Dark Web data hunter Terbium Labs secures $6.4m in fresh funding

Hunter of data on the Dark Web Terbium Labs has secured $6.4 million from investors in a Series A funding round.

Terbium Labs touts itself as a company which protects the enterprise from “relentless attempts to steal data for personal, monetary or political gain.” In 2015, the Baltimore, MD.-based startup launched Matchlight, software which monitors the Dark Web — a small fraction of the Deep Web associated with illegal dealings — in real-time and alerts companies when information belonging to them appears there.

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If data can be detected quickly, companies have more time to conduct damage control and potentially seal a data breach. Information on the Dark Web could include consumer records, sensitive corporate data or trade secrets — in short, data that firms wish to keep secure within their own servers rather than released to the public domain.

See also: When stolen data turns up on the dark web, this tech can find it fast

The funding round, led by .406 Ventures, brings the company’s overall investment up yo $9.7 million. The company plans to use the funding to expand its team and boost Matchlight sales in the enterprise realm.

Greg Dracon, Partner at .406 Ventures and Terbium Labs board member commented:

“Terbium Labs is redefining how security teams identify breaches and protect their organization’s most critical data.

Managing data breach risk has become a business necessity as breach frequency is at an all-time high with no signs of slowing down. Matchlight picks up where traditional prevention tools fail, giving organizations the ability to counter data theft quickly, privately and affordably.”

Earlier this month, cloud security firm Bitglass revealed the results of an experiment focused on how quickly stolen data spreads through the Dark Web. The company found that within days, financial credentials leaked to the underground spread to 30 countries across six continents with thousands of users accessing the information.

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Chinese Threat Intel Start-up Finds DarkHotel Exploiting Chinese Telecom

New China-based threat intelligence company ThreatBook wants to be the ‘trusted contact in China.’

SAN FRANCISCO, RSA Conference — The DarkHotel threat group is targeting executives at telecommunications companies in North Korea and China, already compromising at least one, according to researchers at Beijing-based threat intelligence start-up ThreatBook.

In operation since 2007, DarkHotel is named for their habit of exploiting executives while they were using unsecured hotel WiFi networks, a behavior the group has since abandoned. In this campaign, which ThreatBook refers to as DarkHotel Operation 8651, the group is using spearphishing messages with malicious documents attached — specifically, a crafted SWF file embedded as a downloadable link in a Word document.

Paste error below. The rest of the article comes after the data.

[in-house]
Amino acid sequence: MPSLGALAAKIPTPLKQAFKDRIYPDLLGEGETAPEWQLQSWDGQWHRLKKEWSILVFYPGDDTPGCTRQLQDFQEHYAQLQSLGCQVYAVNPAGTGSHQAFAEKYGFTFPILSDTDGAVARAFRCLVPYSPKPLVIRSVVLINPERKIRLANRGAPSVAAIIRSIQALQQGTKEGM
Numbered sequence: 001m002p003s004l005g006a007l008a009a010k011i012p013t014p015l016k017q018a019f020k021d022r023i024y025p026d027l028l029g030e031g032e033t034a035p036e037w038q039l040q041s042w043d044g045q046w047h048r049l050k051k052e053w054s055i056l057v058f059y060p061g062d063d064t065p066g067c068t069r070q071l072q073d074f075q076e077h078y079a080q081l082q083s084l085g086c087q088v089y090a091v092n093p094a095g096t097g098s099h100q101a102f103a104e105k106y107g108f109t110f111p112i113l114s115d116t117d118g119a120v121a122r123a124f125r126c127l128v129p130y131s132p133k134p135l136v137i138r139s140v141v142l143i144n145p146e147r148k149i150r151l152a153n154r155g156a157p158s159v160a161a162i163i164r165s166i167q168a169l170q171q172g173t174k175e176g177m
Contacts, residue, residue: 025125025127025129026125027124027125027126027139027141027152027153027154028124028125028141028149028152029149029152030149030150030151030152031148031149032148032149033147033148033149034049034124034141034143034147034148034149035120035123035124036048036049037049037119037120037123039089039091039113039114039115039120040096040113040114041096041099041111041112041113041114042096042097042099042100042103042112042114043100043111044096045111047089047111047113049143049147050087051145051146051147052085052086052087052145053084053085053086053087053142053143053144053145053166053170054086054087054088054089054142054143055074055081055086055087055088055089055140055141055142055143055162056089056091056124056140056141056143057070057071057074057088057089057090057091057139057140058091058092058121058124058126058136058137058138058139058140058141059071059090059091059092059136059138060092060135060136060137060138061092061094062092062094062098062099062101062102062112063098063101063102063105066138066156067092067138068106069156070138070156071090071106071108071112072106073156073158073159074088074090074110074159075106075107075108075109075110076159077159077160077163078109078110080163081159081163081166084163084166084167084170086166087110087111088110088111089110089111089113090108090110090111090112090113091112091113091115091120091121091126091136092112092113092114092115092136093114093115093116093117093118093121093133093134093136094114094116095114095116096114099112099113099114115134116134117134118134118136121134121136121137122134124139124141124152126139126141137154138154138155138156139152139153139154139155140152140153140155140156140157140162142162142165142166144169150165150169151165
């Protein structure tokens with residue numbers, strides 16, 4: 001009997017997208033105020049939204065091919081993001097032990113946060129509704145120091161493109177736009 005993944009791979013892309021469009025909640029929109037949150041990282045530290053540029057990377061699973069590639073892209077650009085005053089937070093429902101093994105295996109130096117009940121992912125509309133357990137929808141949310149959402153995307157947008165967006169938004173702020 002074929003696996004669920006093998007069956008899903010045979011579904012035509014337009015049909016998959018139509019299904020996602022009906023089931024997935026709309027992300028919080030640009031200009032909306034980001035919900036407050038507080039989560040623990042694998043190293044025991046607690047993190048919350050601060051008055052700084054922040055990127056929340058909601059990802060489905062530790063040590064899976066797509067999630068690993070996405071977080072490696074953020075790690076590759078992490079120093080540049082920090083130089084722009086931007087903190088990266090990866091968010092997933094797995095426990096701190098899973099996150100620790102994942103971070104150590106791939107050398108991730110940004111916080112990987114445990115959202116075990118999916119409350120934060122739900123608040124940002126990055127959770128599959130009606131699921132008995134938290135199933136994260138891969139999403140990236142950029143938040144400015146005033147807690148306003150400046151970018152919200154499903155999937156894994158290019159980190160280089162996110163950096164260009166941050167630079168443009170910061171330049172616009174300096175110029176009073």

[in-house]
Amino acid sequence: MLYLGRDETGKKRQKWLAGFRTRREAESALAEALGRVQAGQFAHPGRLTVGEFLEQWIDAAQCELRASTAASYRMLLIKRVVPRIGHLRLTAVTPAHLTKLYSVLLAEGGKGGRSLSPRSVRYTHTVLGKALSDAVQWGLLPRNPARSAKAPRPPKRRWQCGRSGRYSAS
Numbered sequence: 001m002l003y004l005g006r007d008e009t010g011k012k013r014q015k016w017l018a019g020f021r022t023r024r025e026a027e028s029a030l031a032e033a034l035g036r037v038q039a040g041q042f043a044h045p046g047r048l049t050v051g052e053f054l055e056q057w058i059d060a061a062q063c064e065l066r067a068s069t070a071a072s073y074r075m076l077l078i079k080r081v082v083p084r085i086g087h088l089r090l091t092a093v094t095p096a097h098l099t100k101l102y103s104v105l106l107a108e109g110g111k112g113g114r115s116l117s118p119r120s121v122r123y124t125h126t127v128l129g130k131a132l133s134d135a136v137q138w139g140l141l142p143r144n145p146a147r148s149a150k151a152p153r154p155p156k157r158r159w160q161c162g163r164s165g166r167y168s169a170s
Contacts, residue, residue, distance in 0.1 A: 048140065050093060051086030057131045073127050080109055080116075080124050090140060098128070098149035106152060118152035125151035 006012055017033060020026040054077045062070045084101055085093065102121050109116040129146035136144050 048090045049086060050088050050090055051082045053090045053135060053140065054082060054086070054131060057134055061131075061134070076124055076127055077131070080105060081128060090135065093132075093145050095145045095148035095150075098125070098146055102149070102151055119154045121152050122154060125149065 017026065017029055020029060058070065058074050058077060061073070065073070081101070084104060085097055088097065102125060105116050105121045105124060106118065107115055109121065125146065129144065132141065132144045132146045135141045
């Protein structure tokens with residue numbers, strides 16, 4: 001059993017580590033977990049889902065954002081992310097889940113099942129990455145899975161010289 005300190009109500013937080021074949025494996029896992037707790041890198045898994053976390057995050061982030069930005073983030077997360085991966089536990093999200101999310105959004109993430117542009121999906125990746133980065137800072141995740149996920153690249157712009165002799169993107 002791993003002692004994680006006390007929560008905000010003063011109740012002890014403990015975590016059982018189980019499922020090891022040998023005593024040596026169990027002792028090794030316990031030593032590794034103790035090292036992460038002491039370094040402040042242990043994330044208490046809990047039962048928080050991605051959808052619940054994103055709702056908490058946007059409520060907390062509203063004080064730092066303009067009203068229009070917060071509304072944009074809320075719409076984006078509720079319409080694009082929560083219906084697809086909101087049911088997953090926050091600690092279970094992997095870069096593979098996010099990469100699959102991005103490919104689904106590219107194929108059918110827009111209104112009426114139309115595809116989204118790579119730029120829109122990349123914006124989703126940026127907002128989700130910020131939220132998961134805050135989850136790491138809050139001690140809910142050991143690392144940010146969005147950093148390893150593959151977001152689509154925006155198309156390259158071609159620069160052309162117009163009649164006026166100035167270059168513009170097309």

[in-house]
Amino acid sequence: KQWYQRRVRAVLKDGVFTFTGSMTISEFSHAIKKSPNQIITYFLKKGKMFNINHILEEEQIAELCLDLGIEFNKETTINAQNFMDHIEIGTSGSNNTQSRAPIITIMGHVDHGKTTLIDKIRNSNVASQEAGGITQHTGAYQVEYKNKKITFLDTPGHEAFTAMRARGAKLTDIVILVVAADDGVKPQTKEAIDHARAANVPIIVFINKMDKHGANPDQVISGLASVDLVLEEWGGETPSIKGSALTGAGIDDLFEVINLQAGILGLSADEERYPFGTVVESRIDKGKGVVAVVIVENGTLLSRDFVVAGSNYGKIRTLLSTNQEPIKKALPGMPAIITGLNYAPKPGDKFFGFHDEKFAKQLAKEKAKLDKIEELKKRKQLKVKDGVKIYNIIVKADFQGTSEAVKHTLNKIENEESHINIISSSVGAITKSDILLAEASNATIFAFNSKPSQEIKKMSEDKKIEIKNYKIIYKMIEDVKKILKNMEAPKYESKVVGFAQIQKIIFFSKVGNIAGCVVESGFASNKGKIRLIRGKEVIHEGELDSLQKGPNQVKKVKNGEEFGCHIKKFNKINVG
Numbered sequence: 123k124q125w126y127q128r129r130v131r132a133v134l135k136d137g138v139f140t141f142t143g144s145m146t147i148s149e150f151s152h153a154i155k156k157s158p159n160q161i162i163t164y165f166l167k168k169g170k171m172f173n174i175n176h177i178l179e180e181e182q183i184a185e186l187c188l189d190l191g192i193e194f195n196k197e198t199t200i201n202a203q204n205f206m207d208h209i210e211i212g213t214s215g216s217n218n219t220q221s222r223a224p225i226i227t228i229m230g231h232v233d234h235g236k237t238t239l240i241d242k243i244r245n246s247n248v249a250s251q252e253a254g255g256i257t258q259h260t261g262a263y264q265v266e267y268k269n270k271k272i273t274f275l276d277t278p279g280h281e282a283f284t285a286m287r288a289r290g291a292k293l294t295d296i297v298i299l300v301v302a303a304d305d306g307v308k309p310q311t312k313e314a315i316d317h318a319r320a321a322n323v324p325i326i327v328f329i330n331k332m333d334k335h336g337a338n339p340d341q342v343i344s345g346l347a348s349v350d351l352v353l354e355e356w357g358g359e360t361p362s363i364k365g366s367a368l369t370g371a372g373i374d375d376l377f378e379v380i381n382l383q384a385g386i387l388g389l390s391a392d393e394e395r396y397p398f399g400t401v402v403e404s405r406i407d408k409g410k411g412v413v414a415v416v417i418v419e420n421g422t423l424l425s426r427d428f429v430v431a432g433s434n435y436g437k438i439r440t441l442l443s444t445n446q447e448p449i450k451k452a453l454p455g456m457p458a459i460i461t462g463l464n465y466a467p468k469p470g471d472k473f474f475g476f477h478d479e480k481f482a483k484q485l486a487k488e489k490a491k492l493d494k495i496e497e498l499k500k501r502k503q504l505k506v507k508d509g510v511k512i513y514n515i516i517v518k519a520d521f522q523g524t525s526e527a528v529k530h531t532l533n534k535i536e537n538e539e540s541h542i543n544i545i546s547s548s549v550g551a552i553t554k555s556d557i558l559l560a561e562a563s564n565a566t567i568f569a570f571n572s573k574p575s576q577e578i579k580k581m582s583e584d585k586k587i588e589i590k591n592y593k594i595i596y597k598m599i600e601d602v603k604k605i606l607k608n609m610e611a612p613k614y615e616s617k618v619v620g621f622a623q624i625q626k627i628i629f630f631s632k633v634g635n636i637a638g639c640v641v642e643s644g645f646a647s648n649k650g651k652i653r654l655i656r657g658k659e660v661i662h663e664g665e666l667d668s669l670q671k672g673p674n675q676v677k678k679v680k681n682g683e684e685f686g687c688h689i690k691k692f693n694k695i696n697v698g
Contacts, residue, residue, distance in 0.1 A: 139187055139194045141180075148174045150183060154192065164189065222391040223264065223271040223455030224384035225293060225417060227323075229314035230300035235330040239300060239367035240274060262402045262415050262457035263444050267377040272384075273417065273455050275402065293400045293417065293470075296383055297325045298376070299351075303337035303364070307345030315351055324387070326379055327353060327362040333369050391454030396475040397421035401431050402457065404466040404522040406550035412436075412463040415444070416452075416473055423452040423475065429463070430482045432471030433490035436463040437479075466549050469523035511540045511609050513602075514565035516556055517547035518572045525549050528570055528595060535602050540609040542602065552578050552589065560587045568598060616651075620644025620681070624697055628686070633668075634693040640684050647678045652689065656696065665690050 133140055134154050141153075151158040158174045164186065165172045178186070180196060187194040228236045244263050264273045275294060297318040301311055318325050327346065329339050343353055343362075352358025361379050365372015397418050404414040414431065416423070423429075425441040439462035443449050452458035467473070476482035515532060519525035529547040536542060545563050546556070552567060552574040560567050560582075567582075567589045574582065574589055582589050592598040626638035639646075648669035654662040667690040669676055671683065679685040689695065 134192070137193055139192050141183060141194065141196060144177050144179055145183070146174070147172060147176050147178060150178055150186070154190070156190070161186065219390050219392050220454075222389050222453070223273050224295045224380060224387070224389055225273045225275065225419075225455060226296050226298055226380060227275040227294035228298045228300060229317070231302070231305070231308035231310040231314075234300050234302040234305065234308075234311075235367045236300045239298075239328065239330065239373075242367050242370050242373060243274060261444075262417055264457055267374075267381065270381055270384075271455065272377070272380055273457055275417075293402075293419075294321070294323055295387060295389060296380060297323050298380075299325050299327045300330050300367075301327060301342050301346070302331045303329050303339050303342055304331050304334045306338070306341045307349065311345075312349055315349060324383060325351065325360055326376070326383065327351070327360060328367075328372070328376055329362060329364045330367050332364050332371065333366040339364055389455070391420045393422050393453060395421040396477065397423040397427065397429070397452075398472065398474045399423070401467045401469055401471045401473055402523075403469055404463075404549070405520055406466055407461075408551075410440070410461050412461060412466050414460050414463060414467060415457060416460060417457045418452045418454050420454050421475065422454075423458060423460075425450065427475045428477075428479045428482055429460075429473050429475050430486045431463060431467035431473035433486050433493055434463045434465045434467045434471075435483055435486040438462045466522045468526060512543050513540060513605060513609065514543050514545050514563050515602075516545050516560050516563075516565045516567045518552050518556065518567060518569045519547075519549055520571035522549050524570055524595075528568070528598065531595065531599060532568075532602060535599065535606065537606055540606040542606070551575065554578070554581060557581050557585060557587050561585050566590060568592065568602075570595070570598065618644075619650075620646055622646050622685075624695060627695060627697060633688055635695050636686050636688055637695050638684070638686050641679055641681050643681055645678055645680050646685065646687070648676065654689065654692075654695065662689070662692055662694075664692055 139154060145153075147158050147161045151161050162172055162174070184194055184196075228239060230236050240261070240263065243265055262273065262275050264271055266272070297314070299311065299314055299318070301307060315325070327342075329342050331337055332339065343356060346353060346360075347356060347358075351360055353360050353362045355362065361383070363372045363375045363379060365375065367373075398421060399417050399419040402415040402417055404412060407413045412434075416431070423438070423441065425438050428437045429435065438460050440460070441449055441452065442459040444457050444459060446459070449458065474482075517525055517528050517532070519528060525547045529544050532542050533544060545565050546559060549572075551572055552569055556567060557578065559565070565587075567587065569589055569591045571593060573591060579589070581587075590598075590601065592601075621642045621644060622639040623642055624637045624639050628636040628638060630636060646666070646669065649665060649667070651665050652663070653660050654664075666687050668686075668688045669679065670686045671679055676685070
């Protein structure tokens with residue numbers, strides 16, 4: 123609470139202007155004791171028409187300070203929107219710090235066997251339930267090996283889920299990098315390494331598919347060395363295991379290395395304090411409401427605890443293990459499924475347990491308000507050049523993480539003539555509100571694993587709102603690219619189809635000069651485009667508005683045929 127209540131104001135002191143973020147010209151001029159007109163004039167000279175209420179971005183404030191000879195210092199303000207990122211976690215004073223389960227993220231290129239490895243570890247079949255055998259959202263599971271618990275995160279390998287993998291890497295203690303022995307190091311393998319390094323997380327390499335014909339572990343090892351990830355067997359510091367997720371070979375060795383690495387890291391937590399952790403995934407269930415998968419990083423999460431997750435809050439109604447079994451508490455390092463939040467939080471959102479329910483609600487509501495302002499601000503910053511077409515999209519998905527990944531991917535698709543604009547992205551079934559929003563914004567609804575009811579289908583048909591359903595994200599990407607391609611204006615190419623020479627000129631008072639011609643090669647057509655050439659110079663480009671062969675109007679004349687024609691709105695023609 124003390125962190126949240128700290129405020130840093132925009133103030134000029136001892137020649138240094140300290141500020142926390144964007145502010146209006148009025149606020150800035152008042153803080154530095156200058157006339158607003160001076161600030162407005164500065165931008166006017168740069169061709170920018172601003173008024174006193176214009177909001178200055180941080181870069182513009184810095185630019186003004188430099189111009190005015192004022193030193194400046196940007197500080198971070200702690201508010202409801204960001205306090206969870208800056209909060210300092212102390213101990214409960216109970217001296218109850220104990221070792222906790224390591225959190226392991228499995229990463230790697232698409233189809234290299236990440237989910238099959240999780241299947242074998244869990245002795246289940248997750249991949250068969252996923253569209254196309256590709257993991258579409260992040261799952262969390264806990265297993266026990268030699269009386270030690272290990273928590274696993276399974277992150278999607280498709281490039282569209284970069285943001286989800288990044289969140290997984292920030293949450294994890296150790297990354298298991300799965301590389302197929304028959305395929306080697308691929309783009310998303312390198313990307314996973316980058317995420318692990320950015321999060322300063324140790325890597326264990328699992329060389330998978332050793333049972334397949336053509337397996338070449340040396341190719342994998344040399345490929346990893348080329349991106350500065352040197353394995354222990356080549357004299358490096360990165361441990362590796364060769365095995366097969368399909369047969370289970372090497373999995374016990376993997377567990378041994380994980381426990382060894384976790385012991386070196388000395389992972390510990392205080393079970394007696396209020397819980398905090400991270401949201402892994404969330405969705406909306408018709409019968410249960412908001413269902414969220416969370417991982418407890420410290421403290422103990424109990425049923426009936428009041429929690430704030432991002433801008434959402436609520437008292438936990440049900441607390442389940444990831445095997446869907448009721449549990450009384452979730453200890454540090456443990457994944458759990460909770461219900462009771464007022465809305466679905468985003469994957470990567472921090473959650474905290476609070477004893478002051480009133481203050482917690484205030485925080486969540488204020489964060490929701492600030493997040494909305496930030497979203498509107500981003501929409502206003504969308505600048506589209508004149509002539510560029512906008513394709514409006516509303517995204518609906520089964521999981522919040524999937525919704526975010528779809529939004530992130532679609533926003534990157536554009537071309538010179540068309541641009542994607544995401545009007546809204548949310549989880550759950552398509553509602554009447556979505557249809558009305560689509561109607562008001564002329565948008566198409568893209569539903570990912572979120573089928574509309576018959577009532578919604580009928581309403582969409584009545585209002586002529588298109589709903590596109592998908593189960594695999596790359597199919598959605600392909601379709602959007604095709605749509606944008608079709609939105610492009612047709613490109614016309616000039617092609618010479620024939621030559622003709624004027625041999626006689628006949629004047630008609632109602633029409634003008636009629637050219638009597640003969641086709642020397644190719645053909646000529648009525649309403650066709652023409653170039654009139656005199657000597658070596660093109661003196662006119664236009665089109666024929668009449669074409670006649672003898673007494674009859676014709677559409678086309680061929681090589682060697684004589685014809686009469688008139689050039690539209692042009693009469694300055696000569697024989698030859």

The SWF file exploits Adobe Flash vulnerability CVE-2015-8651. According to ThreatBook, the earliest infections associated with that bug and this campaign are Dec. 24. Adobe released an out-of-band patch for it Dec. 28.

The payload, update.exe, is a Trojan downloader, disguised as a component of OpenSSL. It then uses a variety of anti-detection measures, including anti-sandbox, and anti-anti-virus, as well as just-in-time decryption.

Feng Xue and Hong Jia, friends from their days working at Microsoft, first had the idea to start ThreatBook in May. After a hurried meeting at the Beijing airport Starbucks during Jia’s two-hour layover en route to Redmond, Wash., the two quit their jobs — Jia as principal anti-virus research manager at Microsoft and Feng as CISO of Amazon.cn — and launched ThreatBook in June.

“I never thought I would leave [Microsoft],” says Jia. “The career path was quite good and I love Microsoft.”

“I got excited and I could not sleep,” says Xue.

The idea that hooked Xue and Jia was realizing that there was no threat intelligence market in China, but the need for one was great.

“Threat intelligence is not just a tool, it’s a new wave. A trend,” says Xue.

ThreatBook uncovered information about the identity and intentions of the XCodeGhost authors in October. This week they are exhibiting at RSA, introducing their security threat analysis platform and Threat Intelligence Center.

Xue says that at previous positions he’s held there was a lack of understanding of China’s unique landscape. He’d have to spend some of time at old jobs educating colleagues about, for example, enormous cybersecurity incidents in China that are so underreported in the West that they aren’t even mentioned in yearly wrap-ups of top global attacks. “I feel sometimes frustrated,” Xue says.

Jia says this is one of the things she wants ThreatBook to be able to fix. She says their focus is China-focused threat intelligence, and they’re very open to exchanging information with other companies and other organizations.

“Our company is a bridge,” she says. “We want to be the trusted contact in China.”

Sara Peters is Senior Editor at Dark Reading and formerly the editor-in-chief of Enterprise Efficiency. Prior that she was senior editor for the Computer Security Institute, writing and speaking about virtualization, identity management, cybersecurity law, and a myriad … View Full Bio

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